It is unlikely that most pet owners would notice any unusual symptoms or behavior in cats or dogs that become infected with West Nile Virus. Dogs and cats become infected when bitten by an infected mosquito.
There is also evidence that cats can become infected with the virus after eating infected mice.
There is no documented evidence of dogs or cats to people transmission of West Nile Virus.
Studies have not been able to detect virus in the saliva of infected dogs. This suggests that dog bites pose a low risk, if any, of transmission of West Nile Virus from dogs to other animals or people.
There is no West Nile Virus vaccine for cats and dogs.
Do not use insect repellent on your pets because animals tend to ingest them when licking. Ask your vet for advice.
For updated information on pets West Nile Virus go to www.aphis.usda.gov
Here are some helpful tips in the event you need to rescue your pet.
Poisoning and toxin exposure
Keep your pets from any potential hazards around your home, like cleaning products, antifreeze and even certain houseplants. If your pet ingests something that may be harmful, or if he is exhibiting symptoms like seizures, loss of consciousness or breathing distress, call your vet immediately as well as the Pet Poison Helpline at 1-800-213-6680. Information is also available at their website at http://www.petpoisonhelpline.com
There may be times when your pet comes into contact with another animal and suffers a bite or other wound that may result in bleeding. Or they may suffer a wound in other ways. Take a clean gauze pad and apply pressure to stop the bleeding. More serious bleeding may require a tourniquet along with a bandage and pressure on the wound. Take your pet to a vet as soon as possible for any serious bleeding.
If your dog has a broken leg or fracture, you want to keep your dog as calm as possible while you prepare to transport it to the vet. You might need a flat board to serve as a stretcher, but you might also find that you can wrap your dog in a blanket or throw rug. While some people are tempted to use a homemade splint, it can create more problems if it isn’t placed properly. The best bet is to let your veterinarian handle the splint and bandaging.
If your dog exhibits symptoms of choking, breathing problems and pawing at the mouth or choking sounds, look into the mouth to see if an object is visible. Be careful, though, and be aware that there is potential for your dog to bite. If you can’t remove the object, you can apply quick pressure to the sides of a small pet’s rib cage to try and push the object out. If you have a large dog, try a modified version of a Heimlich maneuver by putting your arms around his belly, joining hands, making a fist and pushing up and forward behind the rib cage.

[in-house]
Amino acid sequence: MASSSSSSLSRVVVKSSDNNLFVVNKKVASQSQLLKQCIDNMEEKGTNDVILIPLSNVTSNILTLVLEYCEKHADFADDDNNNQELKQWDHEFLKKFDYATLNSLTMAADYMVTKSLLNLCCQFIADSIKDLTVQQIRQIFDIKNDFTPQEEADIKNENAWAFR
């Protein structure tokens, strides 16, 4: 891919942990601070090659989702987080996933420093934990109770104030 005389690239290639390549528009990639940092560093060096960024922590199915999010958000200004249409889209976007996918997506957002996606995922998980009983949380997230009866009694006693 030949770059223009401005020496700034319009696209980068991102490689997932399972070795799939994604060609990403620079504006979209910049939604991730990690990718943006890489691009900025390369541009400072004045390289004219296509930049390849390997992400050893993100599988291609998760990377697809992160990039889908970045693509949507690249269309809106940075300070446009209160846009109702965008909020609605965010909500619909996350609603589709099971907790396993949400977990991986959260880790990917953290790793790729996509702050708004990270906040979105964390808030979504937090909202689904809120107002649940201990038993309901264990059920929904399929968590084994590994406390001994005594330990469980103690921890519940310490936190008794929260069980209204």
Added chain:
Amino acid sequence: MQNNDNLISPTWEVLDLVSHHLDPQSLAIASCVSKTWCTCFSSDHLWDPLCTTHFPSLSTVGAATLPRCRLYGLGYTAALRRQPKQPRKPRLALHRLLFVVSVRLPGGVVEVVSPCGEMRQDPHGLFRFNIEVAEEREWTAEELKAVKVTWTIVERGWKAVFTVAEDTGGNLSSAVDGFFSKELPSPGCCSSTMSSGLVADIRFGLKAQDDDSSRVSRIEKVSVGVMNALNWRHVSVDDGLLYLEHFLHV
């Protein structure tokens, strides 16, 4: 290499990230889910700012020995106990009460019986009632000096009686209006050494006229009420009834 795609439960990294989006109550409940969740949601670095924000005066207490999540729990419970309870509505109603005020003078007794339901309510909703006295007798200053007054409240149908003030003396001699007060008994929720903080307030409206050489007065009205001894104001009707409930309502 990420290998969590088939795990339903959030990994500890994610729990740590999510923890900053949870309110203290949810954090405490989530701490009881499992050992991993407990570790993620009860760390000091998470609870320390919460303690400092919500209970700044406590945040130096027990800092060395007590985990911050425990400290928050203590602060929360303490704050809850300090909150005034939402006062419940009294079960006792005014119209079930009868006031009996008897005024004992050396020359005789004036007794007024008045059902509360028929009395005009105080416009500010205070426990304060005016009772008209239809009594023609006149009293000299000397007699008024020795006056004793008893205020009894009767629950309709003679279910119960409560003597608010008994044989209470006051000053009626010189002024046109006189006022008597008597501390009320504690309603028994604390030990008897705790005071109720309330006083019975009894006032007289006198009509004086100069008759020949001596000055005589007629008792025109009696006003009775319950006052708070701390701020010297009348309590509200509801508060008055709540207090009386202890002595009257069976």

If the weather is warm, don’t put your pet at risk by leaving it in your car. The temperature inside a car can escalate to dangerous levels very quickly. If you do suspect your pet is overheated, place a cool or cold wet towel around his head and neck, move the pet to the shade and even take a hose to keep water running over his body.
Ask your vet to have the pharmacy make the medicine liquid taste good like tuna flavor liquid or even a chewable treat. If your cat has to have two medications, it would be better if you can combine into one syringe. It is the amount of times that is a big deal for the cat. Ask your vet before you combine the medications.
It may be advisable to restrain the cat by wrapping it in a blanket or towel with only its head exposed. The first few times, it may also be helpful to have someone else hold the wrapped cat while you administer the medication.
Use the syringe into the corner of your pet's mouth between the teeth and the cheek. There is no waste of medication with the syringe. The pet does not like it in front of their mouth. You can also use a dropper. I find it easier to use the syringe there's usually no waste.
Don't tilt your pet's head back, that could cause the medication to go to your pet's lungs. Slowly squeeze the syringe to dispense the liquid medication. Make sure you do this slowly so the cat has time to swallow the liquid and breath. You can gently hold your pet's mouth closed and stroke your pet's throat to encourage swallowing.
Most cats will spit out some of the medication. DO NOT re-medicate unless you are certain
that NONE of the medication was taken.
Afterward, give your pet a treat.
Very important! Pet medications should always be given for the full length of time prescribed.
If you are not sure on how to administer medications, ask your vet for a demonstration technique.
Professional Pet Sitting Services offered in the Upper to Mid-Pinellas County Area